Thursday, November 06, 2014

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[IWS] NCES: Findings From the First-Grade Rounds of the Early Childhood Longitudinal Study, Kindergarten Class of 2010-11 (ECLS-K:2011) [6 November 2014]

IWS Documented News Service

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Institute for Workplace Studies-----------------Professor Samuel B. Bacharach

School of Industrial & Labor Relations-------- Director, Institute for Workplace Studies

Cornell University

16 East 34th Street, 4th floor--------------------Stuart Basefsky

New York, NY 10016 -------------------------------Director, IWS News Bureau

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National Center for Education Statistics (NCES)

 

Findings From the First-Grade Rounds of the Early Childhood Longitudinal Study, Kindergarten Class of 2010-11 (ECLS-K:2011) [6 November 2014]

http://nces.ed.gov/pubsearch/pubsinfo.asp?pubid=2015109

or

http://nces.ed.gov/pubs2015/2015019.pdf

[full-text, 28 pages]

 

This brief report provides a first look at the overall first-grade reading, math, and science achievement of the students who were attending kindergarten for the first time in the 2010-11 school year and who advanced to first grade for the 2011-12 school year. The report uses new data from the first-grade rounds of the Early Childhood Longitudinal Study, Kindergarten Class of 2010-11 (ECLS-K:2011). Reading, mathematics, and science assessment scores in the fall and spring of first grade are shown, both overall and by selected child and family characteristics.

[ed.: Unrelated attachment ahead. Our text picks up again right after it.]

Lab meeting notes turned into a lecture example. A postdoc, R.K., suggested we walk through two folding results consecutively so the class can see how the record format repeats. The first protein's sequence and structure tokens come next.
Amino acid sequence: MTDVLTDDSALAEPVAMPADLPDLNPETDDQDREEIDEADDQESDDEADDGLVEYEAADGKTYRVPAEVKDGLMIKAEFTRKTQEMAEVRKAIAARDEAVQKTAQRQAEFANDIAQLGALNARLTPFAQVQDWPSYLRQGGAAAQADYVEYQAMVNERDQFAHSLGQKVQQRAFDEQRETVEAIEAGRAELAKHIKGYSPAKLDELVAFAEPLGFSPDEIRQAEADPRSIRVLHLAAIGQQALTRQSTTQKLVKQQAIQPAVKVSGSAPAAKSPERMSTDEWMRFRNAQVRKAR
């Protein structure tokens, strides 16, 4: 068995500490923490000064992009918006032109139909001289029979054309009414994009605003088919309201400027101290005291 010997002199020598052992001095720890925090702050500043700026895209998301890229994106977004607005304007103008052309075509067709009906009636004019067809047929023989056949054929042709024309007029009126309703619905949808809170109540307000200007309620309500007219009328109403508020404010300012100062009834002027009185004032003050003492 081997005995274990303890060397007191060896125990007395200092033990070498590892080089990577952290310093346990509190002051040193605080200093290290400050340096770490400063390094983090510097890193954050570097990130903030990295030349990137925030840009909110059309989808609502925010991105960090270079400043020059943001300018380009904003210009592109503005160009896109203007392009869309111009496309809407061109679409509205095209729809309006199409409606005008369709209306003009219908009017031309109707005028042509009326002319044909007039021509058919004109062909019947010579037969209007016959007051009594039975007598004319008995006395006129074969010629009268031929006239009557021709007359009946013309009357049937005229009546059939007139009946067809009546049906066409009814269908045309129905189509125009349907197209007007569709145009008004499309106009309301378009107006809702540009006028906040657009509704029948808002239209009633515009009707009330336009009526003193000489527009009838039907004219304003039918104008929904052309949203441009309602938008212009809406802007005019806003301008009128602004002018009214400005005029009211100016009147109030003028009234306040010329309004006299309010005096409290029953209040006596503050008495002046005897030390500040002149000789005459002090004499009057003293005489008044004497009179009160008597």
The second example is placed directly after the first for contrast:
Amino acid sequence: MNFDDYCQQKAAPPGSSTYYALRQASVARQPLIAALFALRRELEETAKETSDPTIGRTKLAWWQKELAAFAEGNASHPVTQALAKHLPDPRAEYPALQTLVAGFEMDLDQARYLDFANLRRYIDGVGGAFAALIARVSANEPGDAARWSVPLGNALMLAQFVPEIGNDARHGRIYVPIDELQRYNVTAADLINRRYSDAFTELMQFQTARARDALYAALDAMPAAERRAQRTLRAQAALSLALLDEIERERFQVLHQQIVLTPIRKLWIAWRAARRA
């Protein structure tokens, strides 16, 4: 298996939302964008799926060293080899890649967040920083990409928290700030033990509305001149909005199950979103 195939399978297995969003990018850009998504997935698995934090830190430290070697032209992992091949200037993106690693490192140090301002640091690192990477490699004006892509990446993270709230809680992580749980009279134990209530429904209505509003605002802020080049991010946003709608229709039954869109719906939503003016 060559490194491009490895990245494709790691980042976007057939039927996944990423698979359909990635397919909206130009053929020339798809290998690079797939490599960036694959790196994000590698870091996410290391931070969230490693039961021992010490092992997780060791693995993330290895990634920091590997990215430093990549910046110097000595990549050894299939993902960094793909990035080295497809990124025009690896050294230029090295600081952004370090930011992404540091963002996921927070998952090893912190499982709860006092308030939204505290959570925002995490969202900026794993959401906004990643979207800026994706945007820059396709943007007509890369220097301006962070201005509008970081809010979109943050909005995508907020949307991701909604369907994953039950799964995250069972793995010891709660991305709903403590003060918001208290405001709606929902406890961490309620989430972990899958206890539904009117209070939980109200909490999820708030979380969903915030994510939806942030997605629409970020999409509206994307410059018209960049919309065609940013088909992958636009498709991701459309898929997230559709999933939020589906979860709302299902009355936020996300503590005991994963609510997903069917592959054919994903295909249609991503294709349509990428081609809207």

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This information is provided to subscribers, friends, faculty, students and alumni of the School of Industrial & Labor Relations (ILR). It is a service of the Institute for Workplace Studies (IWS) in New York City. Stuart Basefsky is responsible for the selection of the contents which is intended to keep researchers, companies, workers, and governments aware of the latest information related to ILR disciplines as it becomes available for the purposes of research, understanding and debate. The content does not reflect the opinions or positions of Cornell University, the School of Industrial & Labor Relations, or that of Mr. Basefsky and should not be construed as such. The service is unique in that it provides the original source documentation, via links, behind the news and research of the day. Use of the information provided is unrestricted. However, it is requested that users acknowledge that the information was found via the IWS Documented News Service.

 

 

 

 

 

 

 

 

 




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